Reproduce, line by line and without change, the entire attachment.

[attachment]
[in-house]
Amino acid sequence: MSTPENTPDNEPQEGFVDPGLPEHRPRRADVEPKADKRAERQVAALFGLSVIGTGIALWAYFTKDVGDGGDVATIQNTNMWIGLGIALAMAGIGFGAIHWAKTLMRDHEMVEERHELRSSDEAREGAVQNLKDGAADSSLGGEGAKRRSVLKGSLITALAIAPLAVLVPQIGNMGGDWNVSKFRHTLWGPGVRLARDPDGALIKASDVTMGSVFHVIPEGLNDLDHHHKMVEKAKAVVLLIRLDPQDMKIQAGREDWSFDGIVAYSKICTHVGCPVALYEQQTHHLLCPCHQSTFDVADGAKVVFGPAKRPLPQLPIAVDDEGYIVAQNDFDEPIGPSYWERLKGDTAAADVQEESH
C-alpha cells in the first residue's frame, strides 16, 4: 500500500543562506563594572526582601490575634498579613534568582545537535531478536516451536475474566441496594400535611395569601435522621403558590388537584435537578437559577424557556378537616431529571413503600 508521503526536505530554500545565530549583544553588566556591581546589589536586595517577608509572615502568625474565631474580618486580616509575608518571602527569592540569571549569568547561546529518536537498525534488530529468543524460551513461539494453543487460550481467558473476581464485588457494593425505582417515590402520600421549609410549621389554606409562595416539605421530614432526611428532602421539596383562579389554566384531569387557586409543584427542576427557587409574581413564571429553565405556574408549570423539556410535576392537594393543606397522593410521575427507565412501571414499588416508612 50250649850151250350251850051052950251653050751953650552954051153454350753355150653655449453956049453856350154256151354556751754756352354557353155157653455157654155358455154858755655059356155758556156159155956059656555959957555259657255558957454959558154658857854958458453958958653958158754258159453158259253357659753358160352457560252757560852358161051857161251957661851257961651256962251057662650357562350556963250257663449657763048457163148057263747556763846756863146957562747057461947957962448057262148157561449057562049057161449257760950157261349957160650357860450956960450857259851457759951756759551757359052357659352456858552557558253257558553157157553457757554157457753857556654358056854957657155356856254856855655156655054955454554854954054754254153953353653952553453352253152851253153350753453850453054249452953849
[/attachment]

[in-house]
Amino acid sequence: MSTPENTPDNEPQEGFVDPGLPEHRPRRADVEPKADKRAERQVAALFGLSVIGTGIALWAYFTKDVGDGGDVATIQNTNMWIGLGIALAMAGIGFGAIHWAKTLMRDHEMVEERHELRSSDEAREGAVQNLKDGAADSSLGGEGAKRRSVLKGSLITALAIAPLAVLVPQIGNMGGDWNVSKFRHTLWGPGVRLARDPDGALIKASDVTMGSVFHVIPEGLNDLDHHHKMVEKAKAVVLLIRLDPQDMKIQAGREDWSFDGIVAYSKICTHVGCPVALYEQQTHHLLCPCHQSTFDVADGAKVVFGPAKRPLPQLPIAVDDEGYIVAQNDFDEPIGPSYWERLKGDTAAADVQEESH
C-alpha cells in the first residue's frame, strides 16, 4: 500500500543562506563594572526582601490575634498579613534568582545537535531478536516451536475474566441496594400535611395569601435522621403558590388537584435537578437559577424557556378537616431529571413503600 508521503526536505530554500545565530549583544553588566556591581546589589536586595517577608509572615502568625474565631474580618486580616509575608518571602527569592540569571549569568547561546529518536537498525534488530529468543524460551513461539494453543487460550481467558473476581464485588457494593425505582417515590402520600421549609410549621389554606409562595416539605421530614432526611428532602421539596383562579389554566384531569387557586409543584427542576427557587409574581413564571429553565405556574408549570423539556410535576392537594393543606397522593410521575427507565412501571414499588416508612 50250649850151250350251850051052950251653050751953650552954051153454350753355150653655449453956049453856350154256151354556751754756352354557353155157653455157654155358455154858755655059356155758556156159155956059656555959957555259657255558957454959558154658857854958458453958958653958158754258159453158259253357659753358160352457560252757560852358161051857161251957661851257961651256962251057662650357562350556963250257663449657763048457163148057263747556763846756863146957562747057461947957962448057262148157561449057562049057161449257760950157261349957160650357860450956960450857259851457759951756759551757359052357659352456858552557558253257558553157157553457757554157457753857556654358056854957657155356856254856855655156655054955454554854954054754254153953353653952553453352253152851253153350753453850453054249452953849